According to research from the Human Capital Institute its highly likely your recruitment process is hurting your employer brand. They found that 60% of job seekers reported a negative candidate experience with employers they interacted with. Further research shows that 72% of job applicants have shared their negative experience on social media. The top reasons for this huge swell of negative experience all relate to not receiving any feedback. 75% of job seekers never hear back from an employer after applying for a job and a further 60% never hear back from the employer, even after attending an interview. There is simply no excuse for this.
Job Applicants want closure
The reason most job applicants want feedback is quite simple, they just want to know where they stand. If there is one job and one thousand applicants, they understand they may not be called in for an interview. But, by not getting any sort of acknowledgement of response from the company, this comes across as quite disrespectful. It gives the impression that an organisation does not value its employees, or those who would like to work there. Its even worse when a job applicant has taken time out of their diary to meet with a company for one or more interviews. It is completely unprofessional to just ghost someone after they took time out of their day, and often taking half a day annual leave, to meet with you. The least you can do is take 2 minutes and provide them with some feedback on why they were not selected.
Automate feedback at the application stage
The truth is that most recruitment systems and job websites provide employers with all the tools to provide feedback to all who apply. Usually in a very user friendly and simple way. It’s very easy to have an automated message respond to each application saying something along the lines of “Thank you for your application, we appreciate you taking the time to apply to our company, it means a lot to us. Unfortunately, due to the large volume of applicants, we may not be able to give you a personalised response, but please be assured someone will review your application.”
Then once the application process is complete, it is also incredibly easy to just hit the mass reject button and send everyone who applied, but did not get invited to an interview and they can receive a note that says “Thank you so much for your application. We received a large response to our job advertisement and have now made an offer to our preferred job applicant. Unfortunately, we were unable to connect with you in person for this role due to the strength of applications, but hope you will consider applying again in future and we wish you luck in your continued job search.” It would literally take a company about 5 or 10 minutes to set the required templates up and be able to ensure all applicants get a response.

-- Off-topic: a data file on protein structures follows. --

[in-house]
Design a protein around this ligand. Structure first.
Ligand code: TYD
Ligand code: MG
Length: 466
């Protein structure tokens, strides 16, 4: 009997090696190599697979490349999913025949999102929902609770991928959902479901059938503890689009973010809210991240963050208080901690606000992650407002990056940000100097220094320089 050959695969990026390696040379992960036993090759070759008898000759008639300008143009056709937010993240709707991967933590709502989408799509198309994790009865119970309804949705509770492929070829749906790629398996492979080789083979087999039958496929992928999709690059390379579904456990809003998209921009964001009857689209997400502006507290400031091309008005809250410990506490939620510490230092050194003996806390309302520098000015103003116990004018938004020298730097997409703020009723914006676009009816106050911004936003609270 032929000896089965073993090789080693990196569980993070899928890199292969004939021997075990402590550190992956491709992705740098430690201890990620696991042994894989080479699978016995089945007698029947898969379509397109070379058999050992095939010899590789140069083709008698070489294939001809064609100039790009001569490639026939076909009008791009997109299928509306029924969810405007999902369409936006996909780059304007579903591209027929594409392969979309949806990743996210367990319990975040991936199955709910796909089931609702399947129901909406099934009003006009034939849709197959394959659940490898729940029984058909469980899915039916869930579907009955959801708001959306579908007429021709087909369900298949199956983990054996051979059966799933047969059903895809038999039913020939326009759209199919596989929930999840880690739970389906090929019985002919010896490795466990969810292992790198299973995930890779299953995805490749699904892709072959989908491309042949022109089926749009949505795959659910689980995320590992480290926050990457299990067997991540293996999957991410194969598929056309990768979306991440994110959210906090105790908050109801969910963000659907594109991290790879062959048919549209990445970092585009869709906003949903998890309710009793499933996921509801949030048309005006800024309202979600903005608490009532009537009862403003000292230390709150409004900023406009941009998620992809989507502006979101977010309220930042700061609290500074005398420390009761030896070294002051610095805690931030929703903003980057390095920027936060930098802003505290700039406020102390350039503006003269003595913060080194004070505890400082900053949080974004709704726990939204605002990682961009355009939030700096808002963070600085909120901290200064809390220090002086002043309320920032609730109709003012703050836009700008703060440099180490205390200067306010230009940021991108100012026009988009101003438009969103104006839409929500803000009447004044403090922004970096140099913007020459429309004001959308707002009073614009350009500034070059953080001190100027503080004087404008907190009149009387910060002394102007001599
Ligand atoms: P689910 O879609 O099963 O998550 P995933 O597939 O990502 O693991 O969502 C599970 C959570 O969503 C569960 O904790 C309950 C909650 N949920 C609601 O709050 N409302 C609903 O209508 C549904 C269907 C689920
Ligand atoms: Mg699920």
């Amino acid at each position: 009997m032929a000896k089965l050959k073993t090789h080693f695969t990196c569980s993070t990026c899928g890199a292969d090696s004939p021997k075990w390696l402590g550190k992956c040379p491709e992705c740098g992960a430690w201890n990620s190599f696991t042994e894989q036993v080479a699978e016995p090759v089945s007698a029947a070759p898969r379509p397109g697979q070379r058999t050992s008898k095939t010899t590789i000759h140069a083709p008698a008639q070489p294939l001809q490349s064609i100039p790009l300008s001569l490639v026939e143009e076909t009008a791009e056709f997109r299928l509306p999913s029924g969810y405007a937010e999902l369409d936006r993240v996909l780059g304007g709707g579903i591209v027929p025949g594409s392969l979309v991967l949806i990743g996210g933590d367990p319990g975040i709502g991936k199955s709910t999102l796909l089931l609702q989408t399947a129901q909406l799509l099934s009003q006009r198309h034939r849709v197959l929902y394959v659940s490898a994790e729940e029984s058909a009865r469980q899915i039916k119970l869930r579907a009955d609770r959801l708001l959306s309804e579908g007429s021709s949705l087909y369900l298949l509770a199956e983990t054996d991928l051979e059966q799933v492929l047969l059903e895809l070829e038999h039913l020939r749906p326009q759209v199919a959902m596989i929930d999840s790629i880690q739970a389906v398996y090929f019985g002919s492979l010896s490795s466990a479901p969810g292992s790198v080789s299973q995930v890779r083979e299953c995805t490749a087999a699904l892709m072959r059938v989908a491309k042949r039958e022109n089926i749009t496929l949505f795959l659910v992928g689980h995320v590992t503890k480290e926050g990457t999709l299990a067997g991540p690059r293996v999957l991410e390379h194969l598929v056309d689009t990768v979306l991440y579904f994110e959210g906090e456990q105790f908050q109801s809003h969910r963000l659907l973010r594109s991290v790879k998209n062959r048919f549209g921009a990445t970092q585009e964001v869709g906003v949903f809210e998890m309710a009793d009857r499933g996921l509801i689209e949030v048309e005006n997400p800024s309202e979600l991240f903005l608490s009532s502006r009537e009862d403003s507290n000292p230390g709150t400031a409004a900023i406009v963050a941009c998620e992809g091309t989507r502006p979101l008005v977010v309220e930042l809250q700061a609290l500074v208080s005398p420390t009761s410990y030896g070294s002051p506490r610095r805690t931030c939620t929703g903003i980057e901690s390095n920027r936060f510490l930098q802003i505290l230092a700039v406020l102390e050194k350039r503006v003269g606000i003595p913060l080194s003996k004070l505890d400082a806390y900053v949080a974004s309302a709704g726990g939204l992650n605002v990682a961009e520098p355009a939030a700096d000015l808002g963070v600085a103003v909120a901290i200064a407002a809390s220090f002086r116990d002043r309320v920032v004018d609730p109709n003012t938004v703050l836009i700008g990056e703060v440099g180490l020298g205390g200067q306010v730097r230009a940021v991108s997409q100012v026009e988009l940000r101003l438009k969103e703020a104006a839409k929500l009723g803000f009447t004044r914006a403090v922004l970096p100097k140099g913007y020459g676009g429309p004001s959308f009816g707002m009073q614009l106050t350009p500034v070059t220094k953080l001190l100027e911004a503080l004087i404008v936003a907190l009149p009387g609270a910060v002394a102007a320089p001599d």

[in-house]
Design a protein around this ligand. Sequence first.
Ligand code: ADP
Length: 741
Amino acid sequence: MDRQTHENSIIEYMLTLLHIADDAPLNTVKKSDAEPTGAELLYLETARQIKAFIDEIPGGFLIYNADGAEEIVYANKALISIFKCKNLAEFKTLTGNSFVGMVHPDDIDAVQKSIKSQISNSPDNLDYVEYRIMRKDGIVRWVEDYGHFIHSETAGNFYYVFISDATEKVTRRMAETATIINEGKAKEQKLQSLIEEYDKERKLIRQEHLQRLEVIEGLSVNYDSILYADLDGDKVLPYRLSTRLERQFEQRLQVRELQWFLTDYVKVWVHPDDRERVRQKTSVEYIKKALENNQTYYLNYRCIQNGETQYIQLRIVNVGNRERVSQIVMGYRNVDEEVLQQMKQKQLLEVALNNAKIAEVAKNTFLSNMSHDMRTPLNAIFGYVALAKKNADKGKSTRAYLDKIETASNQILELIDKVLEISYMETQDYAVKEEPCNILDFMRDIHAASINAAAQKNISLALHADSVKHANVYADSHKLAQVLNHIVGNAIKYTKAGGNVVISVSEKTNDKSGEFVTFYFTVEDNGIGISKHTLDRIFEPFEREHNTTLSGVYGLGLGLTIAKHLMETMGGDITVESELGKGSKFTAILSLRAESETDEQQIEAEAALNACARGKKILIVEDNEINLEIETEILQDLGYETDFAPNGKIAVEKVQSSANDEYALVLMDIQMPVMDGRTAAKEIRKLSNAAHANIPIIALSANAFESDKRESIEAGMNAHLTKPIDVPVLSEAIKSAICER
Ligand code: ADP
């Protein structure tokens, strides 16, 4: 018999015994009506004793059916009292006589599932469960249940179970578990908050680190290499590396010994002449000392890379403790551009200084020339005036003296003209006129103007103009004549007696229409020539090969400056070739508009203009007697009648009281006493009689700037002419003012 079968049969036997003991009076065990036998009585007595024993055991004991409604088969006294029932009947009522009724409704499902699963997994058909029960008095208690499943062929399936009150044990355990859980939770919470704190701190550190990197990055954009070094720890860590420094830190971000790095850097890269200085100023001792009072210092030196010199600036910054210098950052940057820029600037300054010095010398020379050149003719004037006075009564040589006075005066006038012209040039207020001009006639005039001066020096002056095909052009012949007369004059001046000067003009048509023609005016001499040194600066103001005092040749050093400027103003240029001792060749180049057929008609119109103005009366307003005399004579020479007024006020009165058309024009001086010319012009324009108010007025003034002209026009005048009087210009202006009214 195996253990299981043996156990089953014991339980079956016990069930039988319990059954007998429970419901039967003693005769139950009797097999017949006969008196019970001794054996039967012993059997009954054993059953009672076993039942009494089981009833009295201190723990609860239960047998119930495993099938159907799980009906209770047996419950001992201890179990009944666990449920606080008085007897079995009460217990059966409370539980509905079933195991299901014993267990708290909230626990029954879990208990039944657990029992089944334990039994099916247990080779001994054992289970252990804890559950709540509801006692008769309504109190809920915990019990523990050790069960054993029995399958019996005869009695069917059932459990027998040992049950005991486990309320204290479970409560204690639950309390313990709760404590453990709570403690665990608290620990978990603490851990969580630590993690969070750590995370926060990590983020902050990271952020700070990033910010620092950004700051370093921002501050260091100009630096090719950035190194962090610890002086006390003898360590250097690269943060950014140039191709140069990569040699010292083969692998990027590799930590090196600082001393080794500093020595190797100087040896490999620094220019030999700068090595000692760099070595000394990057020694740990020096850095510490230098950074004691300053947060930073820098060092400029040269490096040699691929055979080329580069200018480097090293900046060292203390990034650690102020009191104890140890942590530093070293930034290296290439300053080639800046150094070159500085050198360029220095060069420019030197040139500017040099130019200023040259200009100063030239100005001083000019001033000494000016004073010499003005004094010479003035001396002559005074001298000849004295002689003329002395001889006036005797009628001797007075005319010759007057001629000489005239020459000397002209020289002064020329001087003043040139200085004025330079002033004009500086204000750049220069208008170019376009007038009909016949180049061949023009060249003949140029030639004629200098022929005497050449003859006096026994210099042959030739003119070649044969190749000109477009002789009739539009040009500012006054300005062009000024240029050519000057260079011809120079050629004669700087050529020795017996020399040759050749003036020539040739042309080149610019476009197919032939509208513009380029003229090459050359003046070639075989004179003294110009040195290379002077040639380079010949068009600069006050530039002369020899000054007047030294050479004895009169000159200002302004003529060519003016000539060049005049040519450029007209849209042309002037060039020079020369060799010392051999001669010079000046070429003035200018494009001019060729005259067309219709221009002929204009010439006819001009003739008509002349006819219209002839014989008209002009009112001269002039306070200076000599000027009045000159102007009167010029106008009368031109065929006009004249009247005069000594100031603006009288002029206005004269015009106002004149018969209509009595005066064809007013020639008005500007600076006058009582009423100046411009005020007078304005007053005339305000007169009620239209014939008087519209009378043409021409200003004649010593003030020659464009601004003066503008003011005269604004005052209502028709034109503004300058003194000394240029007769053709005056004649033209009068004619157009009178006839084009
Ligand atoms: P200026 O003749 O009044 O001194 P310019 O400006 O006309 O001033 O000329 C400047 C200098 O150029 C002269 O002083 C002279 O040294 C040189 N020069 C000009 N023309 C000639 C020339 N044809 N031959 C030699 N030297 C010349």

Personalise Interview Feedback
Finally, its important to provide specific feedback to any job applicant who you interview. This is basic professional courtesy. If someone took some time out of their day to meet with you, the least you can do is thank them for their time and tell them why they did not get the job. The best feedback is honest feedback. But note, that honest feedback does not need to be insulting feedback. There is a difference between saying someone’s technical skills are rubbish and telling them, their skills are not as strong as other applicants. But you need to provide them with a reason as to why they are not going to be offered the job. Sometimes, the applicant may be great but there is just someone better, other times they may lack a certain skill, or specific experience. Whatever it is, if you want to provide a better candidate experience and not harm your employer brand, you should tell them.
*If you would like a personal coaching session via zoom with myself to help you or your organisation to improve candidate experience and boost its employer brand, you can reach out to me directly by sending me a message on social media or the “contact” page on my website to organise a session